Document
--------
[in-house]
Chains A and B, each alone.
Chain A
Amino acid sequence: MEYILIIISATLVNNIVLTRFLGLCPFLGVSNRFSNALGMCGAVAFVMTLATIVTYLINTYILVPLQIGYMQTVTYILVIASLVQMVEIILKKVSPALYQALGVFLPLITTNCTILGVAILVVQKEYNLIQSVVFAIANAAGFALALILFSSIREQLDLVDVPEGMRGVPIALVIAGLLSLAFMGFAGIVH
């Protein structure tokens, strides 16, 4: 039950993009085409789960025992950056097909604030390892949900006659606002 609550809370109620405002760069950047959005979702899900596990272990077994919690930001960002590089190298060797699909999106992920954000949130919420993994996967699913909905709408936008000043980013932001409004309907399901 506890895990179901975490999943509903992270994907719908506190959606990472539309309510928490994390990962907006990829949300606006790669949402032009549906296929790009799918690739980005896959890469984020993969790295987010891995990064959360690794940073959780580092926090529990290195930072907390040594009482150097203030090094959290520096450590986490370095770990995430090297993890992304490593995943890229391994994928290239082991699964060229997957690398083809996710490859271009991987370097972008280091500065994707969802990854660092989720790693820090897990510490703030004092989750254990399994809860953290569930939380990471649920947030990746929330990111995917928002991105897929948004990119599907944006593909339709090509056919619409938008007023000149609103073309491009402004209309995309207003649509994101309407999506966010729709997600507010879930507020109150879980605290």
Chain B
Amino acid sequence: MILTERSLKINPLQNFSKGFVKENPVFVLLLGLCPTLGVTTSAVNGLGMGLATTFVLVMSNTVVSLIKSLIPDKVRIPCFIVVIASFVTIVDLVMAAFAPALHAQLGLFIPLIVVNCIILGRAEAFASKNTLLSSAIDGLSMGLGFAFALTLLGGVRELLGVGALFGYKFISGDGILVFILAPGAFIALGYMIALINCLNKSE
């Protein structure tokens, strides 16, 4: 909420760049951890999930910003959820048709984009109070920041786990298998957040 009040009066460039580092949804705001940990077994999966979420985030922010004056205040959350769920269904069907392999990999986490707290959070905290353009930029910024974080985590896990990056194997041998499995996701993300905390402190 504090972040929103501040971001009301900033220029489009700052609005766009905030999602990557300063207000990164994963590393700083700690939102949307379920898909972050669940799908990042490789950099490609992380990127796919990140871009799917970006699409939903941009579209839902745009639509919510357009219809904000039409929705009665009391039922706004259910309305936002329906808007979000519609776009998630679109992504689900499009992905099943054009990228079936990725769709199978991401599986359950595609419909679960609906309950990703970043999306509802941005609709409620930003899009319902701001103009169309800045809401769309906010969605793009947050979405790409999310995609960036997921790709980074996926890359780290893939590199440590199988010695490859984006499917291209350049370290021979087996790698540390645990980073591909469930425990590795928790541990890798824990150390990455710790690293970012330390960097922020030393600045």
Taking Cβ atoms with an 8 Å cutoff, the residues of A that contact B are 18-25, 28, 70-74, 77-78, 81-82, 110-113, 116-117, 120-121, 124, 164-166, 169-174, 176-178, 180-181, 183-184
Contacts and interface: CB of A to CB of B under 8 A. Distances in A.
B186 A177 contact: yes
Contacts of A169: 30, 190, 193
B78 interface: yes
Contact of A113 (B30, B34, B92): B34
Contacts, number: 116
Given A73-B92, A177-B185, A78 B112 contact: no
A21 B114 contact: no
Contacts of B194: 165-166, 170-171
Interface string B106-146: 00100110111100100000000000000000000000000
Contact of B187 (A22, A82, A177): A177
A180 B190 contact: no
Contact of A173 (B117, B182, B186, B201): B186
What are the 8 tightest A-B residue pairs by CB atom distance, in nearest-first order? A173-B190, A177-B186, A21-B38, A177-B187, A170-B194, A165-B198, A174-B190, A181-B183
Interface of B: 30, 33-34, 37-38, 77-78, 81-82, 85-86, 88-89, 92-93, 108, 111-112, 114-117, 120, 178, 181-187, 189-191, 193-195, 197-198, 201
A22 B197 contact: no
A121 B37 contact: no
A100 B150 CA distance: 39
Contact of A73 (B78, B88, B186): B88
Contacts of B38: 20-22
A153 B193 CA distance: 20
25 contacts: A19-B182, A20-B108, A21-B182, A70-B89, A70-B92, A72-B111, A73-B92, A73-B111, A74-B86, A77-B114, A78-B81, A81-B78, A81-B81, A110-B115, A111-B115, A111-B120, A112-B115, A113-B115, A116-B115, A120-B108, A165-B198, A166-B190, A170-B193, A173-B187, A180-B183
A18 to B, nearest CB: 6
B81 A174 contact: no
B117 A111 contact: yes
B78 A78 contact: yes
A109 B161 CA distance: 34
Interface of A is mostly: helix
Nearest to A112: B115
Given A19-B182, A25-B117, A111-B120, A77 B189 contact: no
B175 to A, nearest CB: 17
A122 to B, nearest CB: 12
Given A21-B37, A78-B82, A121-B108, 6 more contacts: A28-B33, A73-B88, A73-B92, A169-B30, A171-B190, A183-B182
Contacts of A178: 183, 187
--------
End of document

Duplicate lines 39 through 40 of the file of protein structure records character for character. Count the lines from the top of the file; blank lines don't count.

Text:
Given A19-B182, A25-B117, A111-B120, A77 B189 contact: no
B175 to A, nearest CB: 17